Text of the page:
Author: Hertz, Daniel
Date published: March 1, 2012
In America, the word "politics" largely refers to electoral politics - and very few elections, at that. The spotlight shines brightly on the presidency and a handful of other state and congressional elections, but we mostly ignore the vast majority of America's more than 500,000 elected offices: offices with titles like selectman, county clerk and counci !member. These positions might not make the front page of the New York Times, but they do play a crucial role in the lives of local residents.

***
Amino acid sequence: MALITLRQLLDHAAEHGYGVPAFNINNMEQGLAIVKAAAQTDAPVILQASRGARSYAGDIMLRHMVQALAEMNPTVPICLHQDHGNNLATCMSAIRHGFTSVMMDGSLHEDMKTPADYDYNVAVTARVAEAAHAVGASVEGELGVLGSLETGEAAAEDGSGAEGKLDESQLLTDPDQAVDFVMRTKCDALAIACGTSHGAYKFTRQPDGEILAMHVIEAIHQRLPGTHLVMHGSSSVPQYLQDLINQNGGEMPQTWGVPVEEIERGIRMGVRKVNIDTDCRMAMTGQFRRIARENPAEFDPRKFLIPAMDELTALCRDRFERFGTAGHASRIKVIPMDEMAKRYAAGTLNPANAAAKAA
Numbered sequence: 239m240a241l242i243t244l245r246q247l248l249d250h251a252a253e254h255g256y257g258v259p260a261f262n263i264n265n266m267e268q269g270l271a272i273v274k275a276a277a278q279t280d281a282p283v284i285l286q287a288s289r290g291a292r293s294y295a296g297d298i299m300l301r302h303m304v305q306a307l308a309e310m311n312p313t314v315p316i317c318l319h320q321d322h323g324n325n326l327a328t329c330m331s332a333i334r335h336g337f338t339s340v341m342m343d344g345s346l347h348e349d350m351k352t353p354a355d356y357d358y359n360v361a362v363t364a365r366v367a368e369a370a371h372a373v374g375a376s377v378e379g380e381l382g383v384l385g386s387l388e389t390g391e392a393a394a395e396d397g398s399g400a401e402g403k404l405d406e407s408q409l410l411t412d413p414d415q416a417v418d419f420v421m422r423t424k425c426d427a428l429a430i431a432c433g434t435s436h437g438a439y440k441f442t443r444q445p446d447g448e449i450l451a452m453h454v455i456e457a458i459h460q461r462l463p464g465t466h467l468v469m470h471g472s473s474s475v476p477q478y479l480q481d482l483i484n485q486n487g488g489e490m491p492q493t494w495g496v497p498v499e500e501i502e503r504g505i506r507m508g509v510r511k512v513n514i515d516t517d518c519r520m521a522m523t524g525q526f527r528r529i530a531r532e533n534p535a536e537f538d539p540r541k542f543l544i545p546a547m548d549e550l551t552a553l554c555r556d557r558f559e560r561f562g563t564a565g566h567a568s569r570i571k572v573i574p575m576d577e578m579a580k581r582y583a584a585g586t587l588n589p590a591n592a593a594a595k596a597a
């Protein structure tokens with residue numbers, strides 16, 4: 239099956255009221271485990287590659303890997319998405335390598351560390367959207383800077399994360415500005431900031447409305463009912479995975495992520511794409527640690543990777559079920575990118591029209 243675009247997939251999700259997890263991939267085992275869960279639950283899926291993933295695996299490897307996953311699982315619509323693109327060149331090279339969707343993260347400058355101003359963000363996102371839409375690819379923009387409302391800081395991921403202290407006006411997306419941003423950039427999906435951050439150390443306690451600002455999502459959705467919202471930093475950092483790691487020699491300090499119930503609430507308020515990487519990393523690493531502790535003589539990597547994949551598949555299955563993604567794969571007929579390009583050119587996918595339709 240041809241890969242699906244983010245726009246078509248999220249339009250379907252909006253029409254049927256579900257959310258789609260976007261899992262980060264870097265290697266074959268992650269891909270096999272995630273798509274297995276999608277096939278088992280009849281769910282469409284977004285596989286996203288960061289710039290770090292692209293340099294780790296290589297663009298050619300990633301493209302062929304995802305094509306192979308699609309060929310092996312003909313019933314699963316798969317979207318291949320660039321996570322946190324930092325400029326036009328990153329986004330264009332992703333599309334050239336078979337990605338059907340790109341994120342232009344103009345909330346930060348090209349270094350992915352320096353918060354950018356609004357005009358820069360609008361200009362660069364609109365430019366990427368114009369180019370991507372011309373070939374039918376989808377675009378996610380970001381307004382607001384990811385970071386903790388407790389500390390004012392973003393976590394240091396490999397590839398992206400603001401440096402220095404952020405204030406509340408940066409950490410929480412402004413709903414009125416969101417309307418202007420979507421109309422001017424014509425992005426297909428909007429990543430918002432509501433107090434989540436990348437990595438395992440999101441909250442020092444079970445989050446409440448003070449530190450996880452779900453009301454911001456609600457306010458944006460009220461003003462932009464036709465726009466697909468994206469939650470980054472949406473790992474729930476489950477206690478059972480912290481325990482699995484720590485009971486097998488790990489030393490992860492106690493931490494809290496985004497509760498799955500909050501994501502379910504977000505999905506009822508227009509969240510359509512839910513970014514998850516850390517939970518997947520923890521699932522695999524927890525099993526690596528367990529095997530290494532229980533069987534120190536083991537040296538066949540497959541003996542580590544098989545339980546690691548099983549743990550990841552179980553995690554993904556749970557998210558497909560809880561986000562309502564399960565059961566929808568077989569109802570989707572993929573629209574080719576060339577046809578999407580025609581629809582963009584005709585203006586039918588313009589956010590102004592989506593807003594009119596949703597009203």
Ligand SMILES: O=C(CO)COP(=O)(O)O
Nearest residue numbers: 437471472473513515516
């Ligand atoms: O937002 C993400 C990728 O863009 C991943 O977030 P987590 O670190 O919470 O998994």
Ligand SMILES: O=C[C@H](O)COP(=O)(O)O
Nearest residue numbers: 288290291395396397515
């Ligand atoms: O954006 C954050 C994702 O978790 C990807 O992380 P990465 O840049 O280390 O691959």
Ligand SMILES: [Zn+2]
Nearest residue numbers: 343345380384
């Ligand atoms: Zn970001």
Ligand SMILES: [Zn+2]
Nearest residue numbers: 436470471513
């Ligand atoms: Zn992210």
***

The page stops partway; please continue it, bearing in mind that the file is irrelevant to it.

For the New Organizing Institute (NOI), they're an opportunity. As the group puts it, we've got "500,000 ways to influence whether government serves the 99% or just the 1%," and we ought to use them.
So NO) has launched the Candidate Project, which aims to recruit thousands of progressives across the country to run for positions on school boards, city councils, and dozens of other offices. To make sure that even political neophytes can run an effective campaign, NOI gives newly-minted candidates extensive training and support.
So far, NOI and the progressive organizations supporting this effort have found more than 7,000 people willing to take government into their own hands. To become one of them orto learn more, visit candidateproject.org.